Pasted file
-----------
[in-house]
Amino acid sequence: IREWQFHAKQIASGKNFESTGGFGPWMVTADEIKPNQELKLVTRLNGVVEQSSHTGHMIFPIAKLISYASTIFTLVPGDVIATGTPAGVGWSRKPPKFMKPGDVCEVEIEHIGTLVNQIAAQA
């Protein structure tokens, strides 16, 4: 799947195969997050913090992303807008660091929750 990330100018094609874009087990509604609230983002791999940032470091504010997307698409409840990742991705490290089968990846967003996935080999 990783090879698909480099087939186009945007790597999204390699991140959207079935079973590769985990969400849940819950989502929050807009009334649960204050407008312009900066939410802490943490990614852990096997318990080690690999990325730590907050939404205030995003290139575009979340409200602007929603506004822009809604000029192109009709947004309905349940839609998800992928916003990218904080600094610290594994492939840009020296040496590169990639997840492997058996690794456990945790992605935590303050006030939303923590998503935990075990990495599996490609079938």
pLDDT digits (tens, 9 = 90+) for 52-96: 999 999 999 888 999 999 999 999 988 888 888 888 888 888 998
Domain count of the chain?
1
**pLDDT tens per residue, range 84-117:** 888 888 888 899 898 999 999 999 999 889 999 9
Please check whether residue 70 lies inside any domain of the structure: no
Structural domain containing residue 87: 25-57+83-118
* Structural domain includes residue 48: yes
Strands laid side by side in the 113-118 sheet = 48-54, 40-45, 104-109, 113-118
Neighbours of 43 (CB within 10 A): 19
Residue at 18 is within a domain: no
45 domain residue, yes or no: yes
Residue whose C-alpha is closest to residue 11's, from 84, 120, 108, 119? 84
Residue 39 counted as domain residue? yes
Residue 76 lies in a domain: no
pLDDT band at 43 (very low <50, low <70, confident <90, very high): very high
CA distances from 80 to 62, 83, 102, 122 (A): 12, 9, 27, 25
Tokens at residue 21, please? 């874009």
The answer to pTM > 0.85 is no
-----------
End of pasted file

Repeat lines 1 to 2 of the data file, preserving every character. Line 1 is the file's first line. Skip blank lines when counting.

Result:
[in-house]
Amino acid sequence: IREWQFHAKQIASGKNFESTGGFGPWMVTADEIKPNQELKLVTRLNGVVEQSSHTGHMIFPIAKLISYASTIFTLVPGDVIATGTPAGVGWSRKPPKFMKPGDVCEVEIEHIGTLVNQIAAQA